On July 6, 2017, METI and the Agency for Natural Resources and Energy released proposals for revision of laws and ordinances related to long-speculated restrictions on overloading (kasekisai).
The proposed revisions are quite harsh in that if a solar power project that has obtained government approval under the FIT scheme were to subsequently add panels to increase total solar cell output above a certain level, the applicable FIT price would be the current price in effect at the time of such increase for the entire generation output as opposed to the increased portion alone.
Outline of such proposed revisions are as follows:
|Summary:||Changes to total solar cell output will now need to be submitted for amendment approval (henkou nintei)|
|Enforcement regulations:||Changes to total solar cell output will be excluded from the scope of minor changes (keibi henkou)|
|FIT Price Public Notice:||Amendment approval for changes to total solar cell output issued between April 1, 2017 and March 31, 2018 concerning solar facilities of 10 kW or greater and less than 2000 kW "or solar power facilities of 2000 kW or greater that are owned by operators with deemed approval (minashi nintei jigyousha)" shall be subject to price revision (as long as there are no other applicable causes for price revision, excluding (i) reductions of less than 20% of the total solar cell output or (ii) increases of less than 3 kW or less than 3% of the total solar cell output)|
While METI has not specifically stated when the revisions are to be implemented, it has been reported in the media that they will go into effect no later than in September of this year at the latest following the August 4 deadline for public comments (as discussed below) and the subsequent consideration period.
Although the proposed revisions are not expected to be applied retroactively to operators that in the past overloaded after having acquired their FIT approval, they present an issue for operators that wish to change total solar cell output for a facility that was approved under the old FIT system.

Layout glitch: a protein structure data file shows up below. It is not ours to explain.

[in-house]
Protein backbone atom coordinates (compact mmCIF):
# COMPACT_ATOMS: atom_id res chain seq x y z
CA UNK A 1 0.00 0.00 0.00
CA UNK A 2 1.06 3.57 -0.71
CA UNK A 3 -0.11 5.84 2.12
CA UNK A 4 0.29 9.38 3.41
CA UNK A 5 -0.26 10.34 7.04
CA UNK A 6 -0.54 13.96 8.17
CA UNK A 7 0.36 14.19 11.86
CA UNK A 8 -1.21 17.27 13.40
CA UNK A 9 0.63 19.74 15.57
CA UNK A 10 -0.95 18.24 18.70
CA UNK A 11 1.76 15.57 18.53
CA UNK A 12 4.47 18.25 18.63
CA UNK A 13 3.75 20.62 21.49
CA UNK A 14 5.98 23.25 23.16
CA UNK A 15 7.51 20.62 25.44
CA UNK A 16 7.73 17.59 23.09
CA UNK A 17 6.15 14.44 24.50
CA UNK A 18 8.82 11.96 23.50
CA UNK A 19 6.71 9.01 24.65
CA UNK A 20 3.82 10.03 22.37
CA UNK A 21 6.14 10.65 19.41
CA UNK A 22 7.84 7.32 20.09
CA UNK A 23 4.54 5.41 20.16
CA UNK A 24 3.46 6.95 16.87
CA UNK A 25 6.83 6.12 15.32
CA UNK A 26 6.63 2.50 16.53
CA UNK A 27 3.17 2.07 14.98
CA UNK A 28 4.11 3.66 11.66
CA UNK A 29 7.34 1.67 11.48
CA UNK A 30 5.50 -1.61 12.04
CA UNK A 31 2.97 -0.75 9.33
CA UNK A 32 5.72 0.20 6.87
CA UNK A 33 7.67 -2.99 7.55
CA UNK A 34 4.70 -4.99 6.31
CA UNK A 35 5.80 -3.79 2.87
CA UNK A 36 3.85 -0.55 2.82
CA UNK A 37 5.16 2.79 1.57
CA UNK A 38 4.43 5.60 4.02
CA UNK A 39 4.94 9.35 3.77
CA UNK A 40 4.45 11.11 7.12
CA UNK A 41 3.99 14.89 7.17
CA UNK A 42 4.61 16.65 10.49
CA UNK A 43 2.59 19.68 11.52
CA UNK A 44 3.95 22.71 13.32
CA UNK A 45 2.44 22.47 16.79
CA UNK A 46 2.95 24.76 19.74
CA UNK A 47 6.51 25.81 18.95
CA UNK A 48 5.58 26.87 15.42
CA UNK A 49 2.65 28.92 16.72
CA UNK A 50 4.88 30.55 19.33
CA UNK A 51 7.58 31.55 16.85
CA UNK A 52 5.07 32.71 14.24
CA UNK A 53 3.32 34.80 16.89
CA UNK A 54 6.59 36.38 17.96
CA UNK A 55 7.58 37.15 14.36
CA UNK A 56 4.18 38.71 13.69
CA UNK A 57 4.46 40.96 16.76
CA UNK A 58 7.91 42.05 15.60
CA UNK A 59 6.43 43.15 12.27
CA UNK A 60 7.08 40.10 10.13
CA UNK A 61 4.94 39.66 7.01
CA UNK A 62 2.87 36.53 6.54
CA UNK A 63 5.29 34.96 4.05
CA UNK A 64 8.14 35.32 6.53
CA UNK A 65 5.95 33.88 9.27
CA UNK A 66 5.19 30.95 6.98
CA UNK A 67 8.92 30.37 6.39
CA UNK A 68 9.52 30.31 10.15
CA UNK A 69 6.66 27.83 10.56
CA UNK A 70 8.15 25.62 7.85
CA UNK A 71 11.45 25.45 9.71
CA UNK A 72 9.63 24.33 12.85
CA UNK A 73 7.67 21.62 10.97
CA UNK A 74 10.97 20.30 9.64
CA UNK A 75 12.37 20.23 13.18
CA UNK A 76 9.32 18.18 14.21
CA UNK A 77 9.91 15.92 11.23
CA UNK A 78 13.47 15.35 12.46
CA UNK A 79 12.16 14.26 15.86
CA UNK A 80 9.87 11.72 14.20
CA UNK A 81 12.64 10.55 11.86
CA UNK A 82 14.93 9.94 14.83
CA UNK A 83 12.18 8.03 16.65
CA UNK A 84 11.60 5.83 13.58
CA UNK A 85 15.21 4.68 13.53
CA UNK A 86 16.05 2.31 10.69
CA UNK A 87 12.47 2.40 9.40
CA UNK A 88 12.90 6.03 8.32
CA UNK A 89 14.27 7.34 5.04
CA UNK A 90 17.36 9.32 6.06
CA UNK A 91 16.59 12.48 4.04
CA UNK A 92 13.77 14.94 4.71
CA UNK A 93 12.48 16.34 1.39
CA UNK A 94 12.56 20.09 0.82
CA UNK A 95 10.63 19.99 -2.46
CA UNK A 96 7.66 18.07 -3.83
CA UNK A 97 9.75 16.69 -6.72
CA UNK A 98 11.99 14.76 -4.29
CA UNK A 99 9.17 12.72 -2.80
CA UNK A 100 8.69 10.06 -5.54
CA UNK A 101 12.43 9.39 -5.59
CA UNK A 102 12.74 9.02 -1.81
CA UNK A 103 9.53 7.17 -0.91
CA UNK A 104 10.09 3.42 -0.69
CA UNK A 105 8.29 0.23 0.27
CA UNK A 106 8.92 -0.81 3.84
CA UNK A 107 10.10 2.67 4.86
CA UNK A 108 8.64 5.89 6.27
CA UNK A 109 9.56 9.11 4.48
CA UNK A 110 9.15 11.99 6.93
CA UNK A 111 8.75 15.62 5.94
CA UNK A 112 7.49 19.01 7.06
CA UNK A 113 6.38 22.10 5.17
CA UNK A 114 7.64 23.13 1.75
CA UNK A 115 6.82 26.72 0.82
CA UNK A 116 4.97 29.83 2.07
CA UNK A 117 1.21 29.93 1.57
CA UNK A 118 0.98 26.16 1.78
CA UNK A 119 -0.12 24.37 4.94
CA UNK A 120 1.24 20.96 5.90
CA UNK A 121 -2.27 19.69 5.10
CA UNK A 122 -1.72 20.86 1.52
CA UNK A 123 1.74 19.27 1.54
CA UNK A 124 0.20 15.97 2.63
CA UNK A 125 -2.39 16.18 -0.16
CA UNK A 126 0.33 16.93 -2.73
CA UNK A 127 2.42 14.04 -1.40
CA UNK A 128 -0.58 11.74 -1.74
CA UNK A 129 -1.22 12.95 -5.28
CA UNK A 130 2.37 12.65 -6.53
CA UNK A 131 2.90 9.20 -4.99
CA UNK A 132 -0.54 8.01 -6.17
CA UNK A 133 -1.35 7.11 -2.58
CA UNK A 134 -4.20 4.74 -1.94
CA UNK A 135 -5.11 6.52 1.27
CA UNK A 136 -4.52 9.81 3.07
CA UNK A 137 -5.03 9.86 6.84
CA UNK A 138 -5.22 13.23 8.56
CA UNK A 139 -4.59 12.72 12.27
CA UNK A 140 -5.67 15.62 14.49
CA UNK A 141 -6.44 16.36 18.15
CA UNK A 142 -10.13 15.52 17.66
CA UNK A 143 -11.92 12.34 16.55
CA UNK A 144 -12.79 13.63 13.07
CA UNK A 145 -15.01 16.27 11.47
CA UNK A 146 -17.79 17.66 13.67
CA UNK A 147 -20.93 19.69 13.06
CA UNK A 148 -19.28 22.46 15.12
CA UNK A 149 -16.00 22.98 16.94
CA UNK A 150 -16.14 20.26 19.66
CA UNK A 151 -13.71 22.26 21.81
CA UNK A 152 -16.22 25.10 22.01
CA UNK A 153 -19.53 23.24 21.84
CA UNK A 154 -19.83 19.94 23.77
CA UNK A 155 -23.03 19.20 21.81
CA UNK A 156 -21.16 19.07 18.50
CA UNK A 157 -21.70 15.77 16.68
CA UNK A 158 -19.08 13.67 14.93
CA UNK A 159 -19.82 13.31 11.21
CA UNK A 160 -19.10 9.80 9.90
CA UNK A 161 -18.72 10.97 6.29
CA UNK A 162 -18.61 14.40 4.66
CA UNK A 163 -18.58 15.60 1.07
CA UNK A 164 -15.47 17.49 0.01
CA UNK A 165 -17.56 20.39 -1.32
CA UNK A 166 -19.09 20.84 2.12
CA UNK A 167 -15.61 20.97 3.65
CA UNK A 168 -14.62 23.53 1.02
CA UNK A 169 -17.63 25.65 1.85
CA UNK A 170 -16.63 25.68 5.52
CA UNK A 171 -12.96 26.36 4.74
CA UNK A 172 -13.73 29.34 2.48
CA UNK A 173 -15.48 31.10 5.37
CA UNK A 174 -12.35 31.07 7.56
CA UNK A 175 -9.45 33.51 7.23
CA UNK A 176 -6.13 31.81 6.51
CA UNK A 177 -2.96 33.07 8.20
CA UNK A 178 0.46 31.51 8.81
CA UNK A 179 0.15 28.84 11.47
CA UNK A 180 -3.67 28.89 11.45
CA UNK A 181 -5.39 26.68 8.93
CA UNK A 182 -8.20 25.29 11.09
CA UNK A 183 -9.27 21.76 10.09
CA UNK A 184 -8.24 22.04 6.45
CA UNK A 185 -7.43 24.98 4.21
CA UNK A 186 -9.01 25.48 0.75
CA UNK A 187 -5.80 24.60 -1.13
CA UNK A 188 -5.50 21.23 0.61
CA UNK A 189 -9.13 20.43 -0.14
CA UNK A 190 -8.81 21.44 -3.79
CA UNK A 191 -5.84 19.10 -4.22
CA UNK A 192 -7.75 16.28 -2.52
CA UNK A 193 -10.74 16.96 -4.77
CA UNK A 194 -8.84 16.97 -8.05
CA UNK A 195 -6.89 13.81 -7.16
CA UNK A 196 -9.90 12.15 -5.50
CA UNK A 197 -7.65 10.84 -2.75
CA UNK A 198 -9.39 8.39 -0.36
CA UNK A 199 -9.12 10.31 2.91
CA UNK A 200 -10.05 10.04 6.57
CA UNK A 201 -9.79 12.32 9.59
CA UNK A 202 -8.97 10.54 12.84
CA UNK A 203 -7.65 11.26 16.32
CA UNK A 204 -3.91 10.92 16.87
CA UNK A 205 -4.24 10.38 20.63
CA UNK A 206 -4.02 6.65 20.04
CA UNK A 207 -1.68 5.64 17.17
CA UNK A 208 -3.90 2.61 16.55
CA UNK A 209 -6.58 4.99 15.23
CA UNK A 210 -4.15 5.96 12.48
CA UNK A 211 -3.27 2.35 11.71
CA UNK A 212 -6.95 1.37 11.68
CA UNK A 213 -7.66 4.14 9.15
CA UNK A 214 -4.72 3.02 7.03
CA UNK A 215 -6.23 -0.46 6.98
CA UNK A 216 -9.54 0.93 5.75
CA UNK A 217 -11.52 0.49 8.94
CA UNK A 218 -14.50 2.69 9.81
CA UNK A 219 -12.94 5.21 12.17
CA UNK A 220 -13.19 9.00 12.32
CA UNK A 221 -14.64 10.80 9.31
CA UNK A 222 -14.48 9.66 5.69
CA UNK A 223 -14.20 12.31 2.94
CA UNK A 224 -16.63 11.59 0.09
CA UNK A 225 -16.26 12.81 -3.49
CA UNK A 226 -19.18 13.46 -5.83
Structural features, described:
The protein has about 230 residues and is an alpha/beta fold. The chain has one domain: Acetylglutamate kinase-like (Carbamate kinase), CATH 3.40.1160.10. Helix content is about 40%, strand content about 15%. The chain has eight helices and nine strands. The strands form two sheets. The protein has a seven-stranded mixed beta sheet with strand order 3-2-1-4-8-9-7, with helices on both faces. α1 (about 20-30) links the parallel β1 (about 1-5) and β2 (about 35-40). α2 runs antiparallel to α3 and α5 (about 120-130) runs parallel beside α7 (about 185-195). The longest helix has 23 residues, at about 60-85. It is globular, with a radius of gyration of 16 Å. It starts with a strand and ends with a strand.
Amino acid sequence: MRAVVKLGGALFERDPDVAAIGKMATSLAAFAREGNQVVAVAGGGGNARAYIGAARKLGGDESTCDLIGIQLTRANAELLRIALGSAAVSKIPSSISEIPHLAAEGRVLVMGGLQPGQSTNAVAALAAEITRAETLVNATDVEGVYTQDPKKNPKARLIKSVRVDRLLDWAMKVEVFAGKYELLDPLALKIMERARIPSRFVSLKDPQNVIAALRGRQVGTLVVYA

That is, under the current new FIT system, an operator may submit an advance notice of such change (jizen henkou todokede) for METI's acceptance only after a Business Plan stating pre-change total output has first been submitted to and reviewed by METI. In this regard, it should be noted that METI's principle position is that the total solar cell output after the contemplated change may not be stated in the Business Plan, and that METI's review of Business Plans is currently delayed (see June 27, 2017 Alert Letter).
Further, note that an advance notice of change will not be considered formally "accepted" by METI until it has completed its review, currently requiring between one and two months.
Given this timeline, the proposed revisions are likely to already be implemented and in effect by the time changes to total solar cell output have been able to be completed for projects that were approved under the old FIT system. Turmoil in the market may be unavoidable if the proposed revisions are implemented without some sort of appropriate grace period, especially considering that although changes to total solar cell output has been categorized as a minor change under the old FIT system, minor change notices for such changes could not be submitted after January 21, 2017 due to system transition, and further that under the new FIT system, while an operator cannot make any changes to the project which has been approved by March 31, 2016 before METI has reviewed the Business Plan and completed such review, many of the projects have not yet been transferred to the new system due to delayed review process by METI, substantively frustrating such changes.
Public comments regarding the proposed revisions are being solicited at the link below through August 4, 2017.
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